Tu-ru, ti-ri

Every two years, the International Organ Improvisation Competition will be held in Haarlem in the first week of the month of July. This event was held for the first time in July 1951. An idea of Jos de Klerk, father of Albert de Klerk.
I followed those festivities intensively in the first week of July in the 1970s and 80s.

On Tuesday evening there was the opening concert. On Wednesday evening an organ concert by the participants from the improvisation course. On that occasion, they played literature, not improvisations. The Thursday evening was reserved for the improvisation concourse. On Friday evening, members of the jury (if they were an organist) gave an organ concert. Of course also including improvisations.

In the weeks after, the International Organ Academy followed. Participating organists used organs from the surrounding area of Haarlem to practise. Bad luck for the resident organists.

Back to the Wednesday evening of the first week; the organ concert by the participants, playing literature.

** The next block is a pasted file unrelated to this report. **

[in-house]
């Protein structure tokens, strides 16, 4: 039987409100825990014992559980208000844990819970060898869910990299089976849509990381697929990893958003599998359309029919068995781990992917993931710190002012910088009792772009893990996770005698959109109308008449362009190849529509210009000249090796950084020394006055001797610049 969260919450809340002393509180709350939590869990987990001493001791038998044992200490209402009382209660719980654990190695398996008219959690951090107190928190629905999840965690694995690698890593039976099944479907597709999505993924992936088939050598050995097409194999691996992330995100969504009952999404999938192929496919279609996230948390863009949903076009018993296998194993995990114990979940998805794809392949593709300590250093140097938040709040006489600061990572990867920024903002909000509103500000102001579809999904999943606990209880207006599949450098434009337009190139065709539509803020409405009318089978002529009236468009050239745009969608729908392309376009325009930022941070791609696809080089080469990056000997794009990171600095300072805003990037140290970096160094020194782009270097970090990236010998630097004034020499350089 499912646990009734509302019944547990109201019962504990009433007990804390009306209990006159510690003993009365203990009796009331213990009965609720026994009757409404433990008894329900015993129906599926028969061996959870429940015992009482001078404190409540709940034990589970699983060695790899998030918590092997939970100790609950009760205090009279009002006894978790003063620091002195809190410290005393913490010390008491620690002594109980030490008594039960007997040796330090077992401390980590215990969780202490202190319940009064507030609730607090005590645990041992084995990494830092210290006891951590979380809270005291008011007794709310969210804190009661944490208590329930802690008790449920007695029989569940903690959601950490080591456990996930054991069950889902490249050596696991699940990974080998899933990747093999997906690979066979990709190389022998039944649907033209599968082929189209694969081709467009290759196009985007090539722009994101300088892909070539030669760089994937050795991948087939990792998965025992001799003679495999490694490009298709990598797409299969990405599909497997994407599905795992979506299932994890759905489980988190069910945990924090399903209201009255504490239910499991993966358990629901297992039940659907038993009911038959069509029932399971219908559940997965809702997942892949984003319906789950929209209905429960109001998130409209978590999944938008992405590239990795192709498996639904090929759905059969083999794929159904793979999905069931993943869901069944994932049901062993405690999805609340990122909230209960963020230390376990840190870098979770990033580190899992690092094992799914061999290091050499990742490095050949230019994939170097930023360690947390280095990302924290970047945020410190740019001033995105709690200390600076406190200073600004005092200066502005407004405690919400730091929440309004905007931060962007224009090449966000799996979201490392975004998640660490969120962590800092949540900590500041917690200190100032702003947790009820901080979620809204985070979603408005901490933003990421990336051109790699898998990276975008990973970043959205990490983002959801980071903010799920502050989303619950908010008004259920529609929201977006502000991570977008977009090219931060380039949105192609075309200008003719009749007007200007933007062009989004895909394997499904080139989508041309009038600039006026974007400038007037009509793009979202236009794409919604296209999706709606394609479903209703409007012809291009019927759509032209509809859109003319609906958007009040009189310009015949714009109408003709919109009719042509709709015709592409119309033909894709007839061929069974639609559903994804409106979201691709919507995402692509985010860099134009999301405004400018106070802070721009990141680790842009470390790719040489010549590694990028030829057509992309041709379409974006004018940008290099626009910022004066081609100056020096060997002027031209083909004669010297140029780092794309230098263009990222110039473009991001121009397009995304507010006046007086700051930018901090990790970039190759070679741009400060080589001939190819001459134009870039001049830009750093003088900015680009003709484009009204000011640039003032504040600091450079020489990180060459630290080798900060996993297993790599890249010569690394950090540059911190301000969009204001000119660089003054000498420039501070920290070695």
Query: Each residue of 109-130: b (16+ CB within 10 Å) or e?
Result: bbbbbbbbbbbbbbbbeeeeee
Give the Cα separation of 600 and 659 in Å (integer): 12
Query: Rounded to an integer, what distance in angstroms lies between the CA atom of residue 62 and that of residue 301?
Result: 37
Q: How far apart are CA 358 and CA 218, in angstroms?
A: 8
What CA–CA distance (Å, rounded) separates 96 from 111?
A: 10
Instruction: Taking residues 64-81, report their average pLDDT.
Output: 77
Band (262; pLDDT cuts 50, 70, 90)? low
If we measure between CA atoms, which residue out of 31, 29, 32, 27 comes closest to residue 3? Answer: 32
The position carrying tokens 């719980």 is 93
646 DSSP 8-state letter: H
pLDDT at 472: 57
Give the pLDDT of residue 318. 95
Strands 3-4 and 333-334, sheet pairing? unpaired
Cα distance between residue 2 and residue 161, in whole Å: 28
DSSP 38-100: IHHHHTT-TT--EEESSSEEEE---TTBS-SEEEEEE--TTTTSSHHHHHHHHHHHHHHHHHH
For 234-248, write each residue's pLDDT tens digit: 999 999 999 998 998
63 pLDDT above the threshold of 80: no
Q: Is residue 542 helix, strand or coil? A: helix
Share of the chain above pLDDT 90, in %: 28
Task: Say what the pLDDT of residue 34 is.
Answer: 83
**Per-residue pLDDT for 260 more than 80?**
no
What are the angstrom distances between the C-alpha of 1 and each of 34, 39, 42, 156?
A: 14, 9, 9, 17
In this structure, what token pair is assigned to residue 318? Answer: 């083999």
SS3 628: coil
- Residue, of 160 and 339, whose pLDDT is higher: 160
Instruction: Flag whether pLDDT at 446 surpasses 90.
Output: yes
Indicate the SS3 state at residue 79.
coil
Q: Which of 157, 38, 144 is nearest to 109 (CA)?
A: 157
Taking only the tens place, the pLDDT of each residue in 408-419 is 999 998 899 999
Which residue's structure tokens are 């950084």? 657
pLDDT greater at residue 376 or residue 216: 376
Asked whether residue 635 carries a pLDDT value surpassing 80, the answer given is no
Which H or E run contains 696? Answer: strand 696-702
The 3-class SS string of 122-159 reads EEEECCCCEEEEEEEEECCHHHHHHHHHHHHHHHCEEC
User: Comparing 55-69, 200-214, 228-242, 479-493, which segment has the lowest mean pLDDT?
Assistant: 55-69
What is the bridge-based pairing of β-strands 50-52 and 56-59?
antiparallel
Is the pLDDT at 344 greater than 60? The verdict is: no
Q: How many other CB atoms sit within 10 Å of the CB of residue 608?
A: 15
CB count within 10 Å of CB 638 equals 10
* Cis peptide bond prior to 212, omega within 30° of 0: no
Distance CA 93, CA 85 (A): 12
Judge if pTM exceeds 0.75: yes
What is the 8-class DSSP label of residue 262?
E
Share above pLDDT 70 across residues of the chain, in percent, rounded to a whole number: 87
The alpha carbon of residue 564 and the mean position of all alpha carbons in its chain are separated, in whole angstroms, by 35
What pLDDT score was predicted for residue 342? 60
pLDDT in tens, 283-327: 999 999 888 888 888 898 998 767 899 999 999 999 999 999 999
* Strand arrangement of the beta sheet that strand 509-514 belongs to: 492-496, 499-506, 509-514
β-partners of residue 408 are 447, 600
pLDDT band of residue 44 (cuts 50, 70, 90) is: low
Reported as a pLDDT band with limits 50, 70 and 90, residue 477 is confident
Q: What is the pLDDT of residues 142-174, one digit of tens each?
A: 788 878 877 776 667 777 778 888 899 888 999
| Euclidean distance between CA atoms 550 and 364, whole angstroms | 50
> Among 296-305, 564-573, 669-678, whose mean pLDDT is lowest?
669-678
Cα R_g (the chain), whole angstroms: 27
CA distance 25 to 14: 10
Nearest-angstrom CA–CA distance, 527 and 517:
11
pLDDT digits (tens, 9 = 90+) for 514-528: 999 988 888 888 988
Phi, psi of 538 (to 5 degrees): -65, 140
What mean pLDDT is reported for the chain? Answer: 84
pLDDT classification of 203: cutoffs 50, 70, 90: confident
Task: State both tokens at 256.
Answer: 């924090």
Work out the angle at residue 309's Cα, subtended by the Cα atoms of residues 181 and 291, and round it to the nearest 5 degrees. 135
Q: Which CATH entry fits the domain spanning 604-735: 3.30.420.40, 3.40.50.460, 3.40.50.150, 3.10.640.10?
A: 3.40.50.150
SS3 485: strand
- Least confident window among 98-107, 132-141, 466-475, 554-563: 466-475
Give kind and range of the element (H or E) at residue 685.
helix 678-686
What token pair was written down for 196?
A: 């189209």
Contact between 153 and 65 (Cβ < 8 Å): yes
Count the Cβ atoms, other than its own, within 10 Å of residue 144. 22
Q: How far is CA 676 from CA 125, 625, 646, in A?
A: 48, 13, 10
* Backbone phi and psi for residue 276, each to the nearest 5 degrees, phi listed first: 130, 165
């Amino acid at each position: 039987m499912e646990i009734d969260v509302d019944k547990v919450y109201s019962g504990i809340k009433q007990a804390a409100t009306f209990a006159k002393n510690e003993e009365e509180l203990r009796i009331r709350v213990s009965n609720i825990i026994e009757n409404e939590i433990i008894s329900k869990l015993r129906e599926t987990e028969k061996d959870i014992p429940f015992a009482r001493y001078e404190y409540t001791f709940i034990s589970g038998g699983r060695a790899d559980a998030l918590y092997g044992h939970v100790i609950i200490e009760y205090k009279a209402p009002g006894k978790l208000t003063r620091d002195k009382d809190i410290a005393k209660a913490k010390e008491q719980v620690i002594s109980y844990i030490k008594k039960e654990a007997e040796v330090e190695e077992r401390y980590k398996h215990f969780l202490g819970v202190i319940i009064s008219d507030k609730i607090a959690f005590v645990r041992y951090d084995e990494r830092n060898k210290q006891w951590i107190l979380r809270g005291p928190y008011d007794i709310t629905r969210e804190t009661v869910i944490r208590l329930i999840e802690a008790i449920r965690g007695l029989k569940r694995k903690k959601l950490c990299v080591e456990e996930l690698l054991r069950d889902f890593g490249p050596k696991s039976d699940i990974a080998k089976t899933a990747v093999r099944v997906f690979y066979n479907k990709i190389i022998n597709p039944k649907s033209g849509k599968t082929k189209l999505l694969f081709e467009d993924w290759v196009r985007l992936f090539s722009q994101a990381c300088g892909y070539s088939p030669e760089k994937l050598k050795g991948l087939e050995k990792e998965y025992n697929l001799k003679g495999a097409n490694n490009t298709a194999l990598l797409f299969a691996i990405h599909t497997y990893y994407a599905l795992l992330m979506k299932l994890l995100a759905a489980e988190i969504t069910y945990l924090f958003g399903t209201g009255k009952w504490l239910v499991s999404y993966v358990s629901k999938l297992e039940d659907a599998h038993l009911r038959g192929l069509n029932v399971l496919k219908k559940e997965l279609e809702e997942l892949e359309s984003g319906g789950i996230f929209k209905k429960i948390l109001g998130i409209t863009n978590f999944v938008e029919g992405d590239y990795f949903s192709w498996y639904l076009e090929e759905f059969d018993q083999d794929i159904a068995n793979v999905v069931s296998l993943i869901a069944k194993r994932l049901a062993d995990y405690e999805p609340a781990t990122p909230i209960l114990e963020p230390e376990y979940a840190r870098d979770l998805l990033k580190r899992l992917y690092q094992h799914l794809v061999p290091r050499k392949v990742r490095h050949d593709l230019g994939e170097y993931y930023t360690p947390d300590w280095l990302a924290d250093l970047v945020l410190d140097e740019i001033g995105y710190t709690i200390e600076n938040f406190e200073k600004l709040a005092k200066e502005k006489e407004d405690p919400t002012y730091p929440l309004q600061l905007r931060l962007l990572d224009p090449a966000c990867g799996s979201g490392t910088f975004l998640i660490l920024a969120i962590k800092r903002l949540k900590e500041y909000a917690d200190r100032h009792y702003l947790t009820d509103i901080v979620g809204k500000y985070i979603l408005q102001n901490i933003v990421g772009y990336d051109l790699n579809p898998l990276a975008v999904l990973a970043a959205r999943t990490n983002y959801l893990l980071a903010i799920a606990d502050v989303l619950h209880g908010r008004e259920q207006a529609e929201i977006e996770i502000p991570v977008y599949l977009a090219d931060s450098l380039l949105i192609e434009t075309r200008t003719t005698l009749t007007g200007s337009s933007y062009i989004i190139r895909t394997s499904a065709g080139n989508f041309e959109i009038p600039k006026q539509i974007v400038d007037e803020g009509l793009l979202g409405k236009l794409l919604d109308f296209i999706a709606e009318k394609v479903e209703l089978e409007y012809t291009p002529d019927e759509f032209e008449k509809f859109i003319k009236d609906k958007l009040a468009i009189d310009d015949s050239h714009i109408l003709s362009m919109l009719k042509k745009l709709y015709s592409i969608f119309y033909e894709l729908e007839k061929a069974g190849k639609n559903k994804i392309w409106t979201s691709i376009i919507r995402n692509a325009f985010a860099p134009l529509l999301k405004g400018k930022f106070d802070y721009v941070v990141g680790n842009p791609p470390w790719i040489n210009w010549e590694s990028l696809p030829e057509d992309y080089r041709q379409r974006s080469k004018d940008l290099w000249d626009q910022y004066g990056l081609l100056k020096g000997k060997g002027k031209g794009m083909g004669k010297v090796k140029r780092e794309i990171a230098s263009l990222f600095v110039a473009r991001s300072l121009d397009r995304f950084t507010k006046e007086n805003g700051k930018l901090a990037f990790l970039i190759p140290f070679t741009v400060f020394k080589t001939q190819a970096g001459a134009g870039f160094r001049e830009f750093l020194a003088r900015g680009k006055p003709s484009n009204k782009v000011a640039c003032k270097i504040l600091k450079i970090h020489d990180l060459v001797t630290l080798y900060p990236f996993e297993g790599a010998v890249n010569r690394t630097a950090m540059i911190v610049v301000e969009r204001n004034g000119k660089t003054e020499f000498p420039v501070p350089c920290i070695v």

Most of the participants played the international dreariness of the legato absolu in those days. Later, at least in the Netherlands, they were sometimes regrettably replaced by the non legato absolu.

That mist of the legato absolu was miraculously cleared the following day on the improvisation contest. During the improvisations all participants articulated freely and abundantly.

That brought me to the following conclusion.
Always play as if you have invented it yourself, as if you make it up on the spot.

The organ is essentially a wind instrument.
See, for example, how Hotteterre and Quantz play the traverso, recorder and hobo.

 

Jacques Hotteterre.

“Principes de la flute traversiere, de la Flute a Bec, et du Haut-bois”. 1707/1728.

 

 

Johann Joachim Quantz.

“Versuch einer Anweisung die Flöte traversiere zu spielen”. 1752, 1789

 

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